SWANSBORO | The Town of Swansboro is taking steps to formally address a problem that has polluted area waters and causes flooding after heavy rains: stormwater runoff.
At the heart of the effort is a draft Comprehensive Watershed Restoration Plan that is being finalized and will go to the town commissioners for approval later this month. After it receives town approval, it will be forwarded to state and federal agencies for approval.
The town established a stormwater management enterprise fund this fiscal year to help cover the cost of stormwater and drainage issues in the town and also saw an opportunity to partner with the North Carolina Coastal Federation to develop an overall plan to address the issue, said Town Manager Scott Chase.
“What we want to try to do is make sure we are not sending anymore pollutants than necessary into our water bodies,” Chase said.
The town hosted a presentation on the watershed plan during a community meeting Monday night.
Town Commissioner Frank Tursi, who recently retired from duties with the Coastal Federation, said stormwater runoff has increased over the years as the coastal landscape of sandy soils and plants that once absorbed rain has been replaced by impervious surfaces from roads, driveways and other development.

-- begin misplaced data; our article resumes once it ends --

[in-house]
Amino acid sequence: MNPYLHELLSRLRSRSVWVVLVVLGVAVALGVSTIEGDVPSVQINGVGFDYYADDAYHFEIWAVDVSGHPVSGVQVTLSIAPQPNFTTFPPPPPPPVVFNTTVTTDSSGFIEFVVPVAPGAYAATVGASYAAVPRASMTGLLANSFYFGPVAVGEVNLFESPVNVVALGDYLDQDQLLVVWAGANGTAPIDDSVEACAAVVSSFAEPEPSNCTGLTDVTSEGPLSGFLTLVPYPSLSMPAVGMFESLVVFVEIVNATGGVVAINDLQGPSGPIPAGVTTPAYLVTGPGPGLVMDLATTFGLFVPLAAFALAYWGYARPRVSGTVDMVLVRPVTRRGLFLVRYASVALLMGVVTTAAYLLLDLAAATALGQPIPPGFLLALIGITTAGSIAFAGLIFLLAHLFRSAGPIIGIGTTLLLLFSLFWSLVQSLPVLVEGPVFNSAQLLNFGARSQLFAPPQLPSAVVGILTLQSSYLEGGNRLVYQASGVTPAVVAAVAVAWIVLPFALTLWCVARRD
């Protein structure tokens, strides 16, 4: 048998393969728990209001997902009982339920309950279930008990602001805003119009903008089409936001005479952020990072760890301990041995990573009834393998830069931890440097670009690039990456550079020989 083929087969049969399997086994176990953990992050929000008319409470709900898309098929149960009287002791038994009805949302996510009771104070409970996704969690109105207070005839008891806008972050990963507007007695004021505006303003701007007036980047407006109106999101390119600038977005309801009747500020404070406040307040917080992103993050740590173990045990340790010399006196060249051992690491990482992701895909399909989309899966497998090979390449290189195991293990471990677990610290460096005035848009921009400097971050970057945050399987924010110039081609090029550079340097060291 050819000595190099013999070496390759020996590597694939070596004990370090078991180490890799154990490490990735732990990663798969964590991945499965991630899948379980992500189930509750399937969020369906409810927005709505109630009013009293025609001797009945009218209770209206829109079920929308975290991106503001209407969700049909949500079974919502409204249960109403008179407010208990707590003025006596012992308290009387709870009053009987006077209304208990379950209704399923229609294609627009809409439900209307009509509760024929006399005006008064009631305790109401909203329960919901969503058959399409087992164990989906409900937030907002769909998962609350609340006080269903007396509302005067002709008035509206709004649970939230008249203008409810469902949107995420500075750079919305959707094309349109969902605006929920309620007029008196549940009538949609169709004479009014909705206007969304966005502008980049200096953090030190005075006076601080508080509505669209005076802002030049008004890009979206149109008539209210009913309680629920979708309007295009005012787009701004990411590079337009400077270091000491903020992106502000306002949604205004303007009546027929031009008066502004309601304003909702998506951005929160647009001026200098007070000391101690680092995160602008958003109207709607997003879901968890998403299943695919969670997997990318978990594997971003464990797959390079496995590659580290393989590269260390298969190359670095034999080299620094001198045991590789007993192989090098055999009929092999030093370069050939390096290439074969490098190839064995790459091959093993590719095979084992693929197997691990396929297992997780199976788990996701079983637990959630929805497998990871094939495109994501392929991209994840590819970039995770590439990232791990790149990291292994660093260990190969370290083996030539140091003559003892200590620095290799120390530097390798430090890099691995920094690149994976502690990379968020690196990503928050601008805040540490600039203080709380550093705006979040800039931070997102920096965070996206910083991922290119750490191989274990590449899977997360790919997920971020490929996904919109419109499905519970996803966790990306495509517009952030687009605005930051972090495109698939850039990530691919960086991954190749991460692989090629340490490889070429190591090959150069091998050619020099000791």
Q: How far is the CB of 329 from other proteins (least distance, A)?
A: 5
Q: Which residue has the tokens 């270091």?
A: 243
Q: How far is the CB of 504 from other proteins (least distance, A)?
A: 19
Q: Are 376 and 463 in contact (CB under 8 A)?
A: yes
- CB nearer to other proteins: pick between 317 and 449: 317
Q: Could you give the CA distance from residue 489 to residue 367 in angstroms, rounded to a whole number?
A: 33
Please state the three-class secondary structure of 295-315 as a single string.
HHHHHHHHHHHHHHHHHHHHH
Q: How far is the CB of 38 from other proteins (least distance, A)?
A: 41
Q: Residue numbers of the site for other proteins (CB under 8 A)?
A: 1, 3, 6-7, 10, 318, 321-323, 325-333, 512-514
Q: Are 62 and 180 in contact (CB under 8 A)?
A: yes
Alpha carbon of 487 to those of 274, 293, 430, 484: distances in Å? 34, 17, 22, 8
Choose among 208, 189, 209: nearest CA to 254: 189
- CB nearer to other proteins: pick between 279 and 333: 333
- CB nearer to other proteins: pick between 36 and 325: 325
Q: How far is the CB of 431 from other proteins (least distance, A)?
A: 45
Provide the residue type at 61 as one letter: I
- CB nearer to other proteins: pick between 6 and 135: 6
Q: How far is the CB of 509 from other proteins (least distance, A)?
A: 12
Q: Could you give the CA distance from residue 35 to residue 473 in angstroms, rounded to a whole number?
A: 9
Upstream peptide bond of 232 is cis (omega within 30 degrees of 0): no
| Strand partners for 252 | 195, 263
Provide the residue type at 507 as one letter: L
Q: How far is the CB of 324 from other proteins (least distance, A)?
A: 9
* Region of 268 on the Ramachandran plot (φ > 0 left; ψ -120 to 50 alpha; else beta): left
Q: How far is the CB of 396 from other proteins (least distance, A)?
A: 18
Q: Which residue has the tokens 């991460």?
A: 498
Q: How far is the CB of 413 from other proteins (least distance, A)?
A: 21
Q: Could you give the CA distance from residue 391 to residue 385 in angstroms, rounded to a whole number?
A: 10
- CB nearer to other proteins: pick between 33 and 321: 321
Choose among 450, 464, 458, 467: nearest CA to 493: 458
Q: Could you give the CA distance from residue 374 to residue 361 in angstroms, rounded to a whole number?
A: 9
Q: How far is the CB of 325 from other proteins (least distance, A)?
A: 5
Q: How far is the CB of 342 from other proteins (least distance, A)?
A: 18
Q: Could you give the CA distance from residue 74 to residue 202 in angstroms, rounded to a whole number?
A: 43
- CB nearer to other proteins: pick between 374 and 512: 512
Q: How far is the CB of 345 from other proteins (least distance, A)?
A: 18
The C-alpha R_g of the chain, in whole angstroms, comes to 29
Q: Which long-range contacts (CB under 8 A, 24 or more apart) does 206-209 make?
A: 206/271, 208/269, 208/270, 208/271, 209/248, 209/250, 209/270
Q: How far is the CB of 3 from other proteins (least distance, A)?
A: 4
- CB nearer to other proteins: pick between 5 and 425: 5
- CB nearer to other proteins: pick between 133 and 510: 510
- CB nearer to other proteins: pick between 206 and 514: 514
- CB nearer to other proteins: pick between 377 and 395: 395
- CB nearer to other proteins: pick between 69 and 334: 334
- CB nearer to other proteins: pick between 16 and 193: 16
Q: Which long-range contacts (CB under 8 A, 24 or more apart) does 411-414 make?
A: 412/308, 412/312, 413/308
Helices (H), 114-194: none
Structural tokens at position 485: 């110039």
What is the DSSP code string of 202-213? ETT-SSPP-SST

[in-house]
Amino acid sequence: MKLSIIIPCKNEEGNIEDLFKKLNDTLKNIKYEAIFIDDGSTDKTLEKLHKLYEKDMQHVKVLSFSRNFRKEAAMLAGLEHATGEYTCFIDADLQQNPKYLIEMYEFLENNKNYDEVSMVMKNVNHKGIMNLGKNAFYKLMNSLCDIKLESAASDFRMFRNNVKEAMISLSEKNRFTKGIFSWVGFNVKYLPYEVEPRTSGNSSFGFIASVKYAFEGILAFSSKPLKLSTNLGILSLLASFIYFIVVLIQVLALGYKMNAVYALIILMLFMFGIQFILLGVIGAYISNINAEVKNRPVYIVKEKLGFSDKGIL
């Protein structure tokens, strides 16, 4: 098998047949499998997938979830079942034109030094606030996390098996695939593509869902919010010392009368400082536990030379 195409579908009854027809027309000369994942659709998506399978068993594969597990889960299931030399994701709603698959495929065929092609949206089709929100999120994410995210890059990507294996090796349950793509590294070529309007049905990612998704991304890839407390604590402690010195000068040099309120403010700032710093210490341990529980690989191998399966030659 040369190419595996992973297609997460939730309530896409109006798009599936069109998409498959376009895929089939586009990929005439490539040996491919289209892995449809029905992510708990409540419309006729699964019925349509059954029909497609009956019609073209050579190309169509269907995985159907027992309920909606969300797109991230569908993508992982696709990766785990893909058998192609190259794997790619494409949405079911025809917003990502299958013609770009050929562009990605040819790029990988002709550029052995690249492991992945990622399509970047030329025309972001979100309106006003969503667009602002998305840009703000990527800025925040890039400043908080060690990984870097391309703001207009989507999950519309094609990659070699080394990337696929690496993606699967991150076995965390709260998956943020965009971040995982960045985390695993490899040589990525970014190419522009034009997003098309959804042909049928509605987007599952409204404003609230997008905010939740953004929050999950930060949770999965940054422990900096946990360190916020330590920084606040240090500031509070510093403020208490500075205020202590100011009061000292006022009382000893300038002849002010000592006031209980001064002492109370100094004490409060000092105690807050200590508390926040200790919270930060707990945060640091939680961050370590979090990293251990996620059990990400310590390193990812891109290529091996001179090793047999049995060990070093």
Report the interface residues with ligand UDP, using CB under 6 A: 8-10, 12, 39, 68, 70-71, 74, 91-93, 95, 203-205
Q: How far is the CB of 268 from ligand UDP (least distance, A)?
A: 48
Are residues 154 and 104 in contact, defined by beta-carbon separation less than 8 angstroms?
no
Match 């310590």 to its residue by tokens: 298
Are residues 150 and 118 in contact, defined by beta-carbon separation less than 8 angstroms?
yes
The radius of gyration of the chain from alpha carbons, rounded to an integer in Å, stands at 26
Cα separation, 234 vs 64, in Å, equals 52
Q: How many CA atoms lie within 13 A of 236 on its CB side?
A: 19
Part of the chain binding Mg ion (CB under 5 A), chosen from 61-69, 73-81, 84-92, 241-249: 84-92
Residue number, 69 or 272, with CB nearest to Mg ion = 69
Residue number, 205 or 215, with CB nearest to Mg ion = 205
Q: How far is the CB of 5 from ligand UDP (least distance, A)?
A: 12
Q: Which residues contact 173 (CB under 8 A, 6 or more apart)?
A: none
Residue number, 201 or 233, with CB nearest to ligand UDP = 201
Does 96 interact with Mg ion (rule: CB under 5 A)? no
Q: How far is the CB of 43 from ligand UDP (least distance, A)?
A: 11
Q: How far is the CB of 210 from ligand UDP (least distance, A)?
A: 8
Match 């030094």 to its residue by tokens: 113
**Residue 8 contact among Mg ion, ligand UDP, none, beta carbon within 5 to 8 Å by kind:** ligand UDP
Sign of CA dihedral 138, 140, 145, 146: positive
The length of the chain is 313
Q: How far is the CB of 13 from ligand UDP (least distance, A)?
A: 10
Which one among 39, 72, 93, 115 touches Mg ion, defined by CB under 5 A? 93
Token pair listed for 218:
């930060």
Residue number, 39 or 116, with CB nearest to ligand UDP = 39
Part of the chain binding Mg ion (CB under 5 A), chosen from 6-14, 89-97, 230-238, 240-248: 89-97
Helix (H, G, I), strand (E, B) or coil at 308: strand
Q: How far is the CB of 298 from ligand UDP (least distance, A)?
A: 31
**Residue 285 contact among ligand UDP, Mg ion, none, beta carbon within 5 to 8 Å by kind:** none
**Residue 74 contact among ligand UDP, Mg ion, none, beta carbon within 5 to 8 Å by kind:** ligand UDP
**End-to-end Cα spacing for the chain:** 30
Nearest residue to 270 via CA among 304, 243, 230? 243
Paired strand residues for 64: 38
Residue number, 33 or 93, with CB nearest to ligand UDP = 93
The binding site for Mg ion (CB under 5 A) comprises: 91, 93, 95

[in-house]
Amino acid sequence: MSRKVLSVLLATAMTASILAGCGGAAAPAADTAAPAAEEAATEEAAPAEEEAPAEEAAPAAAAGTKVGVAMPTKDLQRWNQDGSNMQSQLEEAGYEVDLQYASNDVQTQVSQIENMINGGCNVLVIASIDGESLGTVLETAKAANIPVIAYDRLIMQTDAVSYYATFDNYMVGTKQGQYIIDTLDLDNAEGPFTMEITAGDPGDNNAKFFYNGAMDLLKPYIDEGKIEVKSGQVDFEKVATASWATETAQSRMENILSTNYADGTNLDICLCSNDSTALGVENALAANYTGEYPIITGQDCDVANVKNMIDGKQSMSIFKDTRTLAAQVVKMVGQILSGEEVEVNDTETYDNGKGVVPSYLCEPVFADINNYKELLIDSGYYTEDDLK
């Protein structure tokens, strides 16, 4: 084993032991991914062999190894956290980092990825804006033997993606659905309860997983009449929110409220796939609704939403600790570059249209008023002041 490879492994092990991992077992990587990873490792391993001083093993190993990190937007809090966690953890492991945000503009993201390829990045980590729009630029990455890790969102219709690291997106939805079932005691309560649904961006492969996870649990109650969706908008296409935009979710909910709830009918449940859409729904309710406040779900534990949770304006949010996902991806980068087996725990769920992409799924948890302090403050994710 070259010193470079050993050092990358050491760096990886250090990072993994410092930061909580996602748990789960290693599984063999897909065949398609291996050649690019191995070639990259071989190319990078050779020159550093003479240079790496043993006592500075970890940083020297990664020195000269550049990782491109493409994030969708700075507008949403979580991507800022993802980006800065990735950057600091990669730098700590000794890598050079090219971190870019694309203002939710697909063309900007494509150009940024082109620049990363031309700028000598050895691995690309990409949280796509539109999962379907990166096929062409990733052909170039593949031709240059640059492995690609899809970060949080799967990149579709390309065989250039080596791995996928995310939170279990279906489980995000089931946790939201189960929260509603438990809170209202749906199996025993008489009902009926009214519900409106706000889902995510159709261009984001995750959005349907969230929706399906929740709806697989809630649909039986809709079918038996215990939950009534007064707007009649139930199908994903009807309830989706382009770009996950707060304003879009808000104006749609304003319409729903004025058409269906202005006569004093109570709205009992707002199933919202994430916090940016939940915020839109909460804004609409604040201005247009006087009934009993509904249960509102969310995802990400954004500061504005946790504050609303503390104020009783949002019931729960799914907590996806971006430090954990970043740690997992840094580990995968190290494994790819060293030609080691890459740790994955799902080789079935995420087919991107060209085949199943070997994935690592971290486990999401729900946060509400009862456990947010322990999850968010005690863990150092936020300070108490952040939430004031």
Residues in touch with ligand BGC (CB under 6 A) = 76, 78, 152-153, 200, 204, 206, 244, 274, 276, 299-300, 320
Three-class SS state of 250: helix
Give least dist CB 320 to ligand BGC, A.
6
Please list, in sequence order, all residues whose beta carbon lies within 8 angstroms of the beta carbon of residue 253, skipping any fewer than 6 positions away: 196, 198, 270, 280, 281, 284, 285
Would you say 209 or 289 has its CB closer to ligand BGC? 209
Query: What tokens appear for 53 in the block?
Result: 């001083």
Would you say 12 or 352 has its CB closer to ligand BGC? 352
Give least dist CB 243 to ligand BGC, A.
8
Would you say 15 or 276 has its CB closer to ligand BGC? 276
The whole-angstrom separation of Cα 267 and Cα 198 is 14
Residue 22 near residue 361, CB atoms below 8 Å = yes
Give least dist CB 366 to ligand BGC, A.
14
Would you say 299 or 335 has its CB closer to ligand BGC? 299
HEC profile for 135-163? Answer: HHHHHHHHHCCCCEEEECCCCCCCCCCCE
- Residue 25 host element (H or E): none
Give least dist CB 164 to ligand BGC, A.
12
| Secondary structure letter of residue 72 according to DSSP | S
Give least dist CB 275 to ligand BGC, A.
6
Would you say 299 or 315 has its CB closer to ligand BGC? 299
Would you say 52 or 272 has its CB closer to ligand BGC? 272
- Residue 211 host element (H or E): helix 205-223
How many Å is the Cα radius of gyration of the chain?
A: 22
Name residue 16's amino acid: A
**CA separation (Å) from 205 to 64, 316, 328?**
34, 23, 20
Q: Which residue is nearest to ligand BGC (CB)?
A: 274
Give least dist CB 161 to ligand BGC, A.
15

The rainwater that pours off rooftops and down gutters, into streets and storm drains, makes its way into the river, picking up animal waste, fertilizers, motor oil and other pollutants.
“It has been going on for decades and as a result, two-thirds of the shellfish beds in the White Oak River are now polluted and can’t be used,” Tursi said.
Along with impacting water quality, the stormwater runoff results in street flooding after heavy rains in the town.
While not a new issue, having a comprehensive plan in place will provide a formal look at the problem, identifying the primary sources of stormwater runoff within the town and outlining potential solutions.
Having a plan in place will also put the town in position to potentially receive federal funding for projects to implement goals and objectives of the plan.
While Environmental Protection Agency (EPA) grant funding has been frozen by the Trump administration, Tursi said the EPA has normally makes funds available to local governments each year to address water pollution issues.
The town’s watershed plan meets the criteria to receive funding.
The plan looks at ways to reduce the volume of stormwater runoff within the town through implementing a variety of measures by the town and voluntary steps by private property owners, such as creating rain gardens, using rain barrels to catch and re-use rain water, and re-routing downspouts to green space rather than sending water down driveways.
“The hope is all these little solutions can have a big impact,” said Mariko Polk of the Coastal Federation.
The draft Comprehensive Watershed Restoration Plan can be viewed on the town’s website.